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The stories behind the women's portraits

An anatomical model of a heart, a mechanical digger or photos of mother and grandmother. Research interests and personal motivations have been given a place in the thirteen new portraits of women now on display in the Senate Chamber. ‘That cat isn't just a cute lap cat.'

Mout was painted by Sylvia Willink (right).

‘The place where so many women have defended their dissertations should be both inspiring and distinctive,' Rector Magnificus Carel Stolker commented at the unveiling of the portraits on 8 March in the Academy Building. Former Minister of Education, Culture and Science, Jet Bussemaker, who helped unveil the portraits, praised this initiative: 'At all Dutch universities you are bombarded by portraits of men. That's why it is so good that Leiden has introduced so many women in one go. This is an important message for students and young researchers.' The women who were selected to have their portraits painted were both honoured and touched. Every portrait has a personal story. Here are some of them.  

Historian Nicolette Mout

‘My portrait has been hanging in the Faculty Room of the Academy Building since 2011 and I have learned that I'm often on Facebook. A lot of women graduates take selfies in front of my portrait. They like the cat, Prince Igor. He isn't just a cute lap cat, but represents a reference to the relationship between scholars and felines. Hieronymus, patron saint of scholars, had a lion as his symbol, and is often depicted with cats. In the background, you can see the Strahov monastery in Prague, where I spent a lot of time working in the library.' 

Archaeologist Corrie Bakels was painted by Roderik van Schaardenburg

Archaeologist Corrie Bakels

‘I felt it would be too mundane to be painted holding a book. The digger is key to my research, because that's where archaeology often starts, and omega is the publication that stems from the research. It was a great honour to be asked. I became a professor in the late 1980s and at that time there were only just ten or so female professors. That's completely changed now, fortunately. It's important to show students and PhD candidates that there are a lot of women working in science.'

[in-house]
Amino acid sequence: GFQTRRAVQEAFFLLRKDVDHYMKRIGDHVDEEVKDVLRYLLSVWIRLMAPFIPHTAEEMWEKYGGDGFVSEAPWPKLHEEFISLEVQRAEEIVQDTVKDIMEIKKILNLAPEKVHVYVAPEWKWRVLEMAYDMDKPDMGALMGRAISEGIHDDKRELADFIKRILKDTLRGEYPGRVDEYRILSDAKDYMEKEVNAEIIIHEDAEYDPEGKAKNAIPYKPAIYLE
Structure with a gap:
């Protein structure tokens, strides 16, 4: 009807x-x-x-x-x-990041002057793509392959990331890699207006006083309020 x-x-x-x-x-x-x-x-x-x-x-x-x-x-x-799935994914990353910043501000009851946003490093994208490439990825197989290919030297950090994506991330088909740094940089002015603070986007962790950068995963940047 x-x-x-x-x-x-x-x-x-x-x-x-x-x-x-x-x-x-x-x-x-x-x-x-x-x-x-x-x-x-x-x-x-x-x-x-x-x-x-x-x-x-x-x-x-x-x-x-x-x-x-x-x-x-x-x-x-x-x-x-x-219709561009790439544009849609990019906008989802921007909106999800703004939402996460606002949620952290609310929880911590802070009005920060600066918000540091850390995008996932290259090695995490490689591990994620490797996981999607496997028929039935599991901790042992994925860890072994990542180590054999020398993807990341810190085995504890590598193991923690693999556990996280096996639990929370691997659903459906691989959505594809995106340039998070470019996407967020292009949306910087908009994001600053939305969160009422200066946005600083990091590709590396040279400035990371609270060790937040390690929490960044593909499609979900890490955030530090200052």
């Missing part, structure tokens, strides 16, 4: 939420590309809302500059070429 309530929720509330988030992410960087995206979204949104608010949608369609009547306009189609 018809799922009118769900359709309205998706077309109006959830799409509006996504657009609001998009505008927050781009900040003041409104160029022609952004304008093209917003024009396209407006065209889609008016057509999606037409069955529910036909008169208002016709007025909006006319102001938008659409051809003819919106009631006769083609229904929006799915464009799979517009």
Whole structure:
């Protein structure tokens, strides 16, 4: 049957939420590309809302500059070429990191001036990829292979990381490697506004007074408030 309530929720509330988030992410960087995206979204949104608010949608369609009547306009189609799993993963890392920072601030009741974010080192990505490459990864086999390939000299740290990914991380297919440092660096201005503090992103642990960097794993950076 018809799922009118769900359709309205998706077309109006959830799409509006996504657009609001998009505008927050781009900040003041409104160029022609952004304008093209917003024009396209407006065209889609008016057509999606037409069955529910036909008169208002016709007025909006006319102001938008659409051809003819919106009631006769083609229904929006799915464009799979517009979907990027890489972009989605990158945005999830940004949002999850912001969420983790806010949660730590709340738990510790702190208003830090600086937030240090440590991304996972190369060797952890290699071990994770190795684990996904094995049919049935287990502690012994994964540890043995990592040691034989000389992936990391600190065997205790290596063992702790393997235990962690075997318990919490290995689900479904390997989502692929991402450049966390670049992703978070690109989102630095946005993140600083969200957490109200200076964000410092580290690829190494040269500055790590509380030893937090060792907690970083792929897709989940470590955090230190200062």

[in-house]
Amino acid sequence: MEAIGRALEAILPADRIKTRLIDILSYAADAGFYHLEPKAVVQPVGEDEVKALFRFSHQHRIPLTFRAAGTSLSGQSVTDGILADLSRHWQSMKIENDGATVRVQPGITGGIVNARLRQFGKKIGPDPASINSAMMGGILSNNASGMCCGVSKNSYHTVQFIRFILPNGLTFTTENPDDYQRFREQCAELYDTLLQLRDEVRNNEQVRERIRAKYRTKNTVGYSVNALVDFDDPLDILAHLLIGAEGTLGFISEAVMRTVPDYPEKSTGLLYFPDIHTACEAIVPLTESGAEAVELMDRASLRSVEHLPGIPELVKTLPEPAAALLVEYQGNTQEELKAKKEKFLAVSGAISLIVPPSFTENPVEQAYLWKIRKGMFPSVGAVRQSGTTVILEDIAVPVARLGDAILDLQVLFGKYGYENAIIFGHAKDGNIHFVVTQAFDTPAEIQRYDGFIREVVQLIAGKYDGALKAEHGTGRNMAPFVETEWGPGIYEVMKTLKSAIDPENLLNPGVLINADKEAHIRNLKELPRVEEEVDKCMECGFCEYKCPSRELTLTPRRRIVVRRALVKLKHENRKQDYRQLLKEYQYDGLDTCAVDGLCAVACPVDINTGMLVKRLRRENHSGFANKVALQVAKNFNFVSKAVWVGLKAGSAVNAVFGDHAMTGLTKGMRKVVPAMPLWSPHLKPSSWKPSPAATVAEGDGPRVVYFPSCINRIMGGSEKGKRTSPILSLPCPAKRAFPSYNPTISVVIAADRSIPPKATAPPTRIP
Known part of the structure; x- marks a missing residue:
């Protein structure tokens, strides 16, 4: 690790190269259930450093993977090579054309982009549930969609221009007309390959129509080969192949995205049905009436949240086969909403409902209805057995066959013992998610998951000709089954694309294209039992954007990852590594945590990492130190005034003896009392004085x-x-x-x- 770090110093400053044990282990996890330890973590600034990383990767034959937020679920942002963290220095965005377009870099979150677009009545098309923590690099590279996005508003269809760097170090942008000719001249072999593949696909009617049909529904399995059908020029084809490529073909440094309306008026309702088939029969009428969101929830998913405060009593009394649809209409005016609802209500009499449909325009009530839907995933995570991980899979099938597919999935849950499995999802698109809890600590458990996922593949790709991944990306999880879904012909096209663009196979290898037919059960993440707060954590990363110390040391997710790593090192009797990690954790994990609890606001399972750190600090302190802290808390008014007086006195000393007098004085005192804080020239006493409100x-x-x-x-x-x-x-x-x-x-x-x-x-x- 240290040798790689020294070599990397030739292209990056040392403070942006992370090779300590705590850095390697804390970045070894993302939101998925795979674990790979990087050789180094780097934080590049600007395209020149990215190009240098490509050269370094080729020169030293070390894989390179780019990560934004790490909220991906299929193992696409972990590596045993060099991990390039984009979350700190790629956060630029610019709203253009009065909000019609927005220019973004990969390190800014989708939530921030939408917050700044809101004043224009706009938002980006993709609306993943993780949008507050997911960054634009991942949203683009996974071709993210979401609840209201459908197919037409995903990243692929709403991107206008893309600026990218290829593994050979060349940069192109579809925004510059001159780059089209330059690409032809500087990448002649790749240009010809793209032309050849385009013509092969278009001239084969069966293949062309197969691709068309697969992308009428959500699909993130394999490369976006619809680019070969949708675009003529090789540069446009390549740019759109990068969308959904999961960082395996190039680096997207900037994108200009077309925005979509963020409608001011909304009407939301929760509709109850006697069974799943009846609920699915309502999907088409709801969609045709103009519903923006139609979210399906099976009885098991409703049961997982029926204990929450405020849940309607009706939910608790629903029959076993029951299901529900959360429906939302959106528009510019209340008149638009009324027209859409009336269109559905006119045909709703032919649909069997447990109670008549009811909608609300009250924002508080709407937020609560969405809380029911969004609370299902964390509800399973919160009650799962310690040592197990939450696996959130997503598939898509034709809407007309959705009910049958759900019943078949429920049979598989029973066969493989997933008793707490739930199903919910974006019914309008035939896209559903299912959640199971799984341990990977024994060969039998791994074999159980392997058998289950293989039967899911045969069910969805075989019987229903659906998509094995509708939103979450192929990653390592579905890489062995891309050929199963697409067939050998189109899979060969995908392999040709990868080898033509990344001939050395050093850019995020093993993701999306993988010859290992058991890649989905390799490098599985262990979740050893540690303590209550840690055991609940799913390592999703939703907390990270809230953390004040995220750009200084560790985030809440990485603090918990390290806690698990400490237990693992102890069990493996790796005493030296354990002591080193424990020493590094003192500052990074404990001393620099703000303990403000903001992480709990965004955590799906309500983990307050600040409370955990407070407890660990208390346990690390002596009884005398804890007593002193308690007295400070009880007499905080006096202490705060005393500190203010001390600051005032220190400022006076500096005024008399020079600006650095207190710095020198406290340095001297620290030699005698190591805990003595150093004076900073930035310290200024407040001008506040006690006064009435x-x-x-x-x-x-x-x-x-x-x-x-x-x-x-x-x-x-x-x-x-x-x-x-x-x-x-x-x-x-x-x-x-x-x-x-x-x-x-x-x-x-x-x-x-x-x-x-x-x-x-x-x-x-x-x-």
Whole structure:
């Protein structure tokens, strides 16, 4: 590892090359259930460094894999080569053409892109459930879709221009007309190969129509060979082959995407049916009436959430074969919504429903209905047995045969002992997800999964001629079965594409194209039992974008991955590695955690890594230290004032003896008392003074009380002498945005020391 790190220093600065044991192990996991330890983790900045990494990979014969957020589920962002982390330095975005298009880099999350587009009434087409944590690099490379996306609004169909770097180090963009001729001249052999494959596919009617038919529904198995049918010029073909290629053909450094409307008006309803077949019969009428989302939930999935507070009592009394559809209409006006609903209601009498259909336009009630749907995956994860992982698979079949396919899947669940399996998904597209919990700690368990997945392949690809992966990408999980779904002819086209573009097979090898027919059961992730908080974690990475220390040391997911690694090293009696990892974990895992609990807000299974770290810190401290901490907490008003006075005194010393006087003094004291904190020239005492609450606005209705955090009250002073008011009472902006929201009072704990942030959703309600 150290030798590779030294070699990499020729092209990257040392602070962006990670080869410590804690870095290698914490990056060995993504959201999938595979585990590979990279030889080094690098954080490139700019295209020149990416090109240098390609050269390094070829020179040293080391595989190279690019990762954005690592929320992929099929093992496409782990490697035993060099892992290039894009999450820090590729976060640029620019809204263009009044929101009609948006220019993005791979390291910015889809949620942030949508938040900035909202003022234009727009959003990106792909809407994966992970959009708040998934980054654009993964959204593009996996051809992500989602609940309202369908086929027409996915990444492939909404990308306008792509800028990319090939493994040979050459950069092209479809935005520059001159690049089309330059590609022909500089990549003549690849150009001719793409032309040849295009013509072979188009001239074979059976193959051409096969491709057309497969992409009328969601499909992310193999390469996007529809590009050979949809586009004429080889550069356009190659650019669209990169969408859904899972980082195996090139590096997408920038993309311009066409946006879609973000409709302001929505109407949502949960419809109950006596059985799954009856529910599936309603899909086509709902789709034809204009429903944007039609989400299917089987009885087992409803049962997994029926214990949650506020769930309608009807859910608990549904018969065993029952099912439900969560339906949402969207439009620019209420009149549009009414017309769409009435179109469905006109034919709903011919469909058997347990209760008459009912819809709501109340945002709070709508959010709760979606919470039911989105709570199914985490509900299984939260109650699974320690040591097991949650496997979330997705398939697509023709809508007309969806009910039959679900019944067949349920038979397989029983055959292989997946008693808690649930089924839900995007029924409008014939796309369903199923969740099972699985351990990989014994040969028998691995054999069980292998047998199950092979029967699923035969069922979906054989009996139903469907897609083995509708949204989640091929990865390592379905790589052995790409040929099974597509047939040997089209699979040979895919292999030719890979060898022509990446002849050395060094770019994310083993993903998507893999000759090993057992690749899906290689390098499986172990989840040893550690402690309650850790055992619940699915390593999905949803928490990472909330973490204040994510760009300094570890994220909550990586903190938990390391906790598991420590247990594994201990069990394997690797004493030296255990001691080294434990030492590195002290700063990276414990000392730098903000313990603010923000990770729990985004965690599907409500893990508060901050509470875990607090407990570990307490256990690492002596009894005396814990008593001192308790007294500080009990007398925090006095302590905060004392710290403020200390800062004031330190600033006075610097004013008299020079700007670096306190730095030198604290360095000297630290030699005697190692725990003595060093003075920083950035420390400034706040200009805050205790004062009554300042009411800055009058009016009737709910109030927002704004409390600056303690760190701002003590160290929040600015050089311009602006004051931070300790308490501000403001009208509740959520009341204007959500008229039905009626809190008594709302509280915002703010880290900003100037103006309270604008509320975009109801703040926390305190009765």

Crone was painted by Fred Schley

Development psychologist Eveline Crone

Banner photo above article: Neuropsychologist Eveline Crone poses with her two children in front of her own portrait. She is portrayed as a modern researcher with her laptop. The online world is an important part of her research. The relatively young Crone (1975) warrants a place in the Senate Chamber partly because of the Spinoza Award she won in 2017. The Spinoza, the highest academic award in the Netherlands, enabled her to start a large-scale research project on the influence of social media on adolescents. 



Ellemers was painted by Viktoryia Shydlouskaya.

Social psychologist Naomi Ellemers

‘I look really business-like in this portrait, but I do also show my emotions. I wanted to include my mother and grandmother. Neither of them had the opportunity to have a career but in the background they made many things possible. That's why photos of them can be seen in the background to the portrait. That way, they're always with me, although sadly not in real life. Their presence also points to my work because I am conducting research at Utrecht University on generations of women. In the Senate Chamber in Utrecht there are only three women in a sea of men. I hope this Leiden initiative will be repeated in Utrecht.'  



Mummery was painted by Frank Leenhouts.

Development biologist Christine Mummery

A radiant Mummery, in her black gown, looks smilingly out at the viewer. In her hands she holds her most important research object: the heart, or at least an anatomical model of the heart. In 2001 she successfully grew stem cells to form beating heart cells, and she and her colleagues are now trying to grow a piece of a human heart. The care and attention she devotes to her work are reflected in the tender way she holds this heart model. 




Schipper de Leeuw was painted by Joanna Quispel.

Literary scholar Mineke Schipper de Leeuw

The canvas is filled with exotic images that refer to her research in all corners of the world. From aboriginals to Tibetans: Schipper de Leeuw studies how women are written about in over 240 languages. In her lecture during the unveiling ceremony she talked about global myths that were widespread in Europe in the 20th century 'For a long time, people thought that studying would shrink your ovaries!' In 2013 Schipper de Leeuw was appointed Officer in the Order of Orange-Nassau for her services as an intercultural bridgebuilder. It was receiving this award that prompted her to have her portrait painted. Her reasoning was that women should not be too modest about their achievements.'

(LvP/Photos: Marc de Haan and Ben Grishaver)